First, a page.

The future beckoned and we decided we needed to send the girls to boarding school or buy a house. We couldn’t do both, and the military grants would cease before both girls were through school, so we purchased a house. We knew where we wanted to settle; we researched the local secondary schools and shopped in the catchment area of one of several good schools in North Wiltshire. We viewed a house and primary school in our two favourite villages and settled on one. The house was more affordable and the school more welcoming. The deal was done.
The small school size (45 pupils) meant that they went into mixed age-group classes; Eldest with 7-11(Key Stage 2) and Youngest with 4-7(Key Stage 1). Youngest’s teacher was not the best and our daughter had a lovely time playing and making no academic progress whatsoever. Her predicted excellent KS1 results (from the previous school) passed her by. But Eldest flew! Because of the mixed ages everyone had different work to do so she didn’t stand out as odd, and her job-sharing teachers always challenged her to do more. When Youngest moved up to the KS2 class the caring yet challenging ethos worked the same magic on her and she too learned to fly. But our choice of the village school had other consequences. The people we met as a result were pleased that we had committed ourselves to the village by choosing ‘their’ school. They were local so there were opportunities for walk/lift sharing to events in and out of the village. All the children would go to the same secondary school: they go on the same bus and we know at least those parents. In a big centralized secondary school you don’t even know the children they’re making friends with, never mind the parents. Just like everyone else, children will pick up (and drop) friends along the way.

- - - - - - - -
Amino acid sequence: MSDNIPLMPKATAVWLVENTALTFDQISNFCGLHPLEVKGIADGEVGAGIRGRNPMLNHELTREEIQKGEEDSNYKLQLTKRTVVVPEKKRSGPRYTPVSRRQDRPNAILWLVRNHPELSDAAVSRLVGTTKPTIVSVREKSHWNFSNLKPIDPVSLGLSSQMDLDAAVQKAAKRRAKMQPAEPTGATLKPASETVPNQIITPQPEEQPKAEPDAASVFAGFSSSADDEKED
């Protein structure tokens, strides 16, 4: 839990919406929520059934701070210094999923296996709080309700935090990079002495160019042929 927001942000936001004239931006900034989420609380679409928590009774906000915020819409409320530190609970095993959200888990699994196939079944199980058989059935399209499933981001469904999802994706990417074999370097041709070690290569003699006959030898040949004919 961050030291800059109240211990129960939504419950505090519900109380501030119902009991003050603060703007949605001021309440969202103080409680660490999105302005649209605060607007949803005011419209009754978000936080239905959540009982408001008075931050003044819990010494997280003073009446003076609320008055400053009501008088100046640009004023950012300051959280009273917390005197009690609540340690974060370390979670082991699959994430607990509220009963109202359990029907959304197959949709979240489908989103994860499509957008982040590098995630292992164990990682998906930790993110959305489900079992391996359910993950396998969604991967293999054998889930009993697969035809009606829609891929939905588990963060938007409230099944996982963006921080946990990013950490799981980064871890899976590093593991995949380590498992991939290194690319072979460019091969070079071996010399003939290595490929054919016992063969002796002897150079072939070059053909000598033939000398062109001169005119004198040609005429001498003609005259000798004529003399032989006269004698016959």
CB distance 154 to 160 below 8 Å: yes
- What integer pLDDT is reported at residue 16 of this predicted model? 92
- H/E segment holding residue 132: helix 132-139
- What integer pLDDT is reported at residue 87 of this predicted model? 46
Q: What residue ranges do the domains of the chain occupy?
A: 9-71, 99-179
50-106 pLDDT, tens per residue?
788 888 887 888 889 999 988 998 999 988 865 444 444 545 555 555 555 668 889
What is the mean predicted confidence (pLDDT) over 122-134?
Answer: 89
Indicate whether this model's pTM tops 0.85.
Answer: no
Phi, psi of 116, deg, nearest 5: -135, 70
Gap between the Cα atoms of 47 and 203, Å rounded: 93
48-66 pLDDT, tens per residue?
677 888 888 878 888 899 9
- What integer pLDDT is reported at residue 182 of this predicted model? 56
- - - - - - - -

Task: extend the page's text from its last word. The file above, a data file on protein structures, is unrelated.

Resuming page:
They are now both at the planned secondary school and doing well in their different ways. Both are making new friends and have largely moved on from the smaller possibilities of their primary. Imagine if we had chosen the secondary based only on where their friends were going! I don’t know if we will have got it right in the long run, but for our family so far so good.